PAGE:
Prime Suspect: TV Review
Thursday, Sept. 22, 10 p.m. (NBC)
Maria Bello, Kenny Johnson, Andrew Wayne
Maria Bello does good work in this NBC procedural, but the similarities to the original "Prime Suspect" end with the title.
Prime Suspect has one of the season’s biggest challenges, since it is billed as a remake of the acclaimed British series of the same name starring Helen Mirren which vaulted Mirren's Jane Tennison character into the pantheon of groundbreaking, great roles for women. But Prime Suspect as NBC has fashioned it is not a remake. It barely shares any of the same DNA. In fact, you could argue that using the name when they so clearly did not have to, was a marketing mistake.
In some ways, this is all good news. People who worried what NBC would do to Prime Suspect can stop holding their head in their hands. NBC didn't touch Prime Suspect -– it just paid a lot for the name, apparently. If you look at this Prime Suspect as a non-descript procedural with a bravura performance from Maria Bello in the lead role, then you can more level-headedly decide whether to watch it or not.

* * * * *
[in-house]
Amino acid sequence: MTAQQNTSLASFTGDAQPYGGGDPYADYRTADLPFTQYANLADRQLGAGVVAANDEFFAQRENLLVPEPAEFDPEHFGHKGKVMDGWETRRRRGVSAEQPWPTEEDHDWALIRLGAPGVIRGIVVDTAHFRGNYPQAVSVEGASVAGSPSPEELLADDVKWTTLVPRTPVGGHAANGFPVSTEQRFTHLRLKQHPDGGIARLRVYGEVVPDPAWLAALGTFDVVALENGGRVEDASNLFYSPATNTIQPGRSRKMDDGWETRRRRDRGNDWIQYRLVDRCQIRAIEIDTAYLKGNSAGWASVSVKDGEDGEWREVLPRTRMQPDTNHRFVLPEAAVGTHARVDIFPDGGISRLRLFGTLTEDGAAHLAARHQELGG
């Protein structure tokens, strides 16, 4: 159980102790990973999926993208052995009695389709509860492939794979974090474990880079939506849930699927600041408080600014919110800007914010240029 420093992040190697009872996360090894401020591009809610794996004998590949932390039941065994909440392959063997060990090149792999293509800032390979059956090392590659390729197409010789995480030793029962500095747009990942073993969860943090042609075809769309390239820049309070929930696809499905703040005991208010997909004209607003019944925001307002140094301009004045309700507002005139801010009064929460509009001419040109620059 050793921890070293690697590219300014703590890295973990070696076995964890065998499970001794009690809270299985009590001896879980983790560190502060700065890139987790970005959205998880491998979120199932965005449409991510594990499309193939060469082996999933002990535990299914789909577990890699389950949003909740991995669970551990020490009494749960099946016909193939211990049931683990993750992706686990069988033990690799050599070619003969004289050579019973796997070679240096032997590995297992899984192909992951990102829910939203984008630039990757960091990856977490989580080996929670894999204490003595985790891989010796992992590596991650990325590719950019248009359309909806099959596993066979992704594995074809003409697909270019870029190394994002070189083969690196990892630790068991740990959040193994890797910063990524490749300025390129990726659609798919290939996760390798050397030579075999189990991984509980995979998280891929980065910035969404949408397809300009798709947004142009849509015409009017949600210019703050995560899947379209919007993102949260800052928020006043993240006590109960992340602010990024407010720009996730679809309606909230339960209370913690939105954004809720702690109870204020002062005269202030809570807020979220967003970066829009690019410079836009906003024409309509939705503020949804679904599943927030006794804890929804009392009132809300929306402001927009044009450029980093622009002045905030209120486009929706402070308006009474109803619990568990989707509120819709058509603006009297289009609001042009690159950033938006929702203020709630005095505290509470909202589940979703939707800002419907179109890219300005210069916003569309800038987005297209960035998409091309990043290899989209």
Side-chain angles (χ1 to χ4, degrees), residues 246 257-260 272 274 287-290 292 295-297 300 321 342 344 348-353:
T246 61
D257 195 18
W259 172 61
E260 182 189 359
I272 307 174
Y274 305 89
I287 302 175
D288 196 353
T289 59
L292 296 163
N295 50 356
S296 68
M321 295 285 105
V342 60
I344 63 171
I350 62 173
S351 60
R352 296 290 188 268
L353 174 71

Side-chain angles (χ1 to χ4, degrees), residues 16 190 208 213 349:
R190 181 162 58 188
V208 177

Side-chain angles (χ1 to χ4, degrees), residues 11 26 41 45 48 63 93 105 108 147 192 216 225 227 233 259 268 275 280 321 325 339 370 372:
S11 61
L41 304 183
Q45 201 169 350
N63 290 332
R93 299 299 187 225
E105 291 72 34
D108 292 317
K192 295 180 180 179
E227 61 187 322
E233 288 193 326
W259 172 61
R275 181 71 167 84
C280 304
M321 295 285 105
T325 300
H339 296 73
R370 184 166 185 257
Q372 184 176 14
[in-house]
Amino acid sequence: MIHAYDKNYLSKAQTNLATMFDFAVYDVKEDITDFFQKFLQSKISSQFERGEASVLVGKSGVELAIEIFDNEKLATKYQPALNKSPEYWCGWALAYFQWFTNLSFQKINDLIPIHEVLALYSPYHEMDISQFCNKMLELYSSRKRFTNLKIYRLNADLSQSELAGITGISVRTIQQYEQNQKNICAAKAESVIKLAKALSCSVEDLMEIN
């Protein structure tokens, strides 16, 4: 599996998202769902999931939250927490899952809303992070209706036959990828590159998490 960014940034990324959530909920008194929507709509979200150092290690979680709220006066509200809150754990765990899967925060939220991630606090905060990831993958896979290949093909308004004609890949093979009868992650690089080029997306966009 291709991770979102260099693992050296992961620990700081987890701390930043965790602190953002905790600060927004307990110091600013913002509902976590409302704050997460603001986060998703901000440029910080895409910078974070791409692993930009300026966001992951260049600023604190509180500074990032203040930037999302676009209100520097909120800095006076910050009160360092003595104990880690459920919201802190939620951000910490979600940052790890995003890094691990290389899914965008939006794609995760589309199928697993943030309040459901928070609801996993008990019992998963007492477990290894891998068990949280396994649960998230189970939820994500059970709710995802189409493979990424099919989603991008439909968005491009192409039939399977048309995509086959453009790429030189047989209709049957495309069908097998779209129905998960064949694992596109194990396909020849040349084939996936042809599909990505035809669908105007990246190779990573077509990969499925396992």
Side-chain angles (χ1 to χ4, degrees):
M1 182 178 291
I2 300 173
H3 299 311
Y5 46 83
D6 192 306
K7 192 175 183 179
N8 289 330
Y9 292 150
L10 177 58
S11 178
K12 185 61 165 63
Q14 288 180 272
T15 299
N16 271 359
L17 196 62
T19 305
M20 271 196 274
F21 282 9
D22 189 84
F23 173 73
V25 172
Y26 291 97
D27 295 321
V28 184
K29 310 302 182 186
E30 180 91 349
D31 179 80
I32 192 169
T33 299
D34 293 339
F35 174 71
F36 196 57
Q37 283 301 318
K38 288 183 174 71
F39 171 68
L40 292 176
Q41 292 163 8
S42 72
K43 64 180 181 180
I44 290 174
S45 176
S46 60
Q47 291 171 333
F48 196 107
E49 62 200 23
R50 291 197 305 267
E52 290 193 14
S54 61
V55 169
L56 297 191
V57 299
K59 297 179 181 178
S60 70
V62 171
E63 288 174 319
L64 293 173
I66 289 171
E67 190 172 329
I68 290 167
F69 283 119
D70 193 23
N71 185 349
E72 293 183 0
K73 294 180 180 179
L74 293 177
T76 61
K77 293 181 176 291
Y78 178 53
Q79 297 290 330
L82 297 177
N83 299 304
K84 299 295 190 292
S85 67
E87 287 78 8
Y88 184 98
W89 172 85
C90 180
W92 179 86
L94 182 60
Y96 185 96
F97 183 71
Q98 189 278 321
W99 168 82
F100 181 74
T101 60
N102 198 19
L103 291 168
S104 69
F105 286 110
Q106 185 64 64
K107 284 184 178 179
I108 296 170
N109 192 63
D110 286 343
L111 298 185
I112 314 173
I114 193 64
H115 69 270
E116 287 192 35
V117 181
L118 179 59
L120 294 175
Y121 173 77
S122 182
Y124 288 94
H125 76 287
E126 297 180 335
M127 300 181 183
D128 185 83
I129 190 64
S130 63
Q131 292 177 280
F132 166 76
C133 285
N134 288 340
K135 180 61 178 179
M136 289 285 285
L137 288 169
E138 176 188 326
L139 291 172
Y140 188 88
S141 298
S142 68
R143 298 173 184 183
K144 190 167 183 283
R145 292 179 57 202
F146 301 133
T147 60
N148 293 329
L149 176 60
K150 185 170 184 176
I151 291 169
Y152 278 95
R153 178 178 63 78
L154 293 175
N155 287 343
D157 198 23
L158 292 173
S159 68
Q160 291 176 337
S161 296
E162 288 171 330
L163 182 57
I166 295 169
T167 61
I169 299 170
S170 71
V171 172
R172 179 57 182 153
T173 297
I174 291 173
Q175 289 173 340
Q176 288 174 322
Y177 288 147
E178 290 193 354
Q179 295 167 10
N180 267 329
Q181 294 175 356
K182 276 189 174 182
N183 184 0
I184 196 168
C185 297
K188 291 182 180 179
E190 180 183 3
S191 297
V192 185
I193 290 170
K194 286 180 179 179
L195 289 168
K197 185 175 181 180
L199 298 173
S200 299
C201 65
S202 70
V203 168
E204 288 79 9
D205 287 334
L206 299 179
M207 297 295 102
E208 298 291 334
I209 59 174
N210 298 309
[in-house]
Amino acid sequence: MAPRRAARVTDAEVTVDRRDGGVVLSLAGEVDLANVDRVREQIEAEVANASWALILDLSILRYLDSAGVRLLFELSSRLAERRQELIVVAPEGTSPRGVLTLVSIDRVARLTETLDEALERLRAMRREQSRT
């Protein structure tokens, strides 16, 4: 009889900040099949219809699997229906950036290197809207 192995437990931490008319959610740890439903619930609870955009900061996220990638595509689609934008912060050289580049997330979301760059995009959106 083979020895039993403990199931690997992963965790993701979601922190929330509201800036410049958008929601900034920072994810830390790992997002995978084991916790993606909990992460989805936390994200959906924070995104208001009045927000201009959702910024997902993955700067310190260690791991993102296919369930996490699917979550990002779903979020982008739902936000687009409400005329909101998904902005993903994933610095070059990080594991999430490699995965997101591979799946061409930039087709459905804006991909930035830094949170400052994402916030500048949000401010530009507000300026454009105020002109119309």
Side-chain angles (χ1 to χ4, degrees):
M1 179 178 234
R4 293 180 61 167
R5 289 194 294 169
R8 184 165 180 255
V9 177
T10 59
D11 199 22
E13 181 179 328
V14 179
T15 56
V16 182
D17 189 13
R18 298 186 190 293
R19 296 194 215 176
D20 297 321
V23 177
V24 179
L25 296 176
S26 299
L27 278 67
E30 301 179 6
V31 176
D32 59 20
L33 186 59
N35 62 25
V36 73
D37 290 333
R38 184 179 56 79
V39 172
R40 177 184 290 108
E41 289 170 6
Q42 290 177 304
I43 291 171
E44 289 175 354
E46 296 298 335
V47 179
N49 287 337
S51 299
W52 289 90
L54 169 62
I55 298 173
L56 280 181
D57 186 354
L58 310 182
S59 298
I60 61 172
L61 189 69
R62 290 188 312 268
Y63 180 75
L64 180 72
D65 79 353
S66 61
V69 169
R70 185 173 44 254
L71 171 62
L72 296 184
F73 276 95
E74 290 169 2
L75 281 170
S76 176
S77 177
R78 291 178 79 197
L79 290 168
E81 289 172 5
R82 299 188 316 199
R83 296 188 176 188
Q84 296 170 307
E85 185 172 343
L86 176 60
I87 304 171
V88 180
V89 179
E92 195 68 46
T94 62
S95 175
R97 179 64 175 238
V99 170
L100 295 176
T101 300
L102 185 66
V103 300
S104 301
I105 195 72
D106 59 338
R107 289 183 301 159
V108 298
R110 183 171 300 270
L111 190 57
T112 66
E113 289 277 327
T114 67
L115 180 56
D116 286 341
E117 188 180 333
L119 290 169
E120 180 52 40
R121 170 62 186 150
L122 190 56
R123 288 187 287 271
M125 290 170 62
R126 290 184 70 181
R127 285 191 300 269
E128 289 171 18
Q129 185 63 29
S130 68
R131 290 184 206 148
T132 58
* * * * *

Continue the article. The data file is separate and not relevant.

The answer is, you should at least give Bello a chance to win you over. She's good. She’s got a rakish hat. She takes a punch. She gives a punch. She could become the kind of character you look forward to watching, someone who carries a series despite the rest of it just being middling.
Bello plays a detective named Jane Timony -– not Tennison. She is the victim of sexism in her squad, which was pretty much the cornerstone of the original. But the producers have said they will ratchet down the pilot because it played that card too hard (and obviously -– which it did). This Jane has a smoking problem, like Mirren’s Jane. But she’s going to wear a patch. Maybe struggle with it. This Jane is not going to be an alcoholic, another immense difference from the original. Her love life will be a lot more settled and normal than the British Jane.
In short, she’s not Jane Tennison. This is not Prime Suspect. It’s a crime procedural that shares the name. (Oh, and that’s the other thing -– by being a procedural, there can be no ongoing “prime suspect” in a complicated multi-episode case. Nah, there’s just someone who gets caught and everything is fixed in the last minute).
But again -– you should at the very least check out Bello, who does fine work here.
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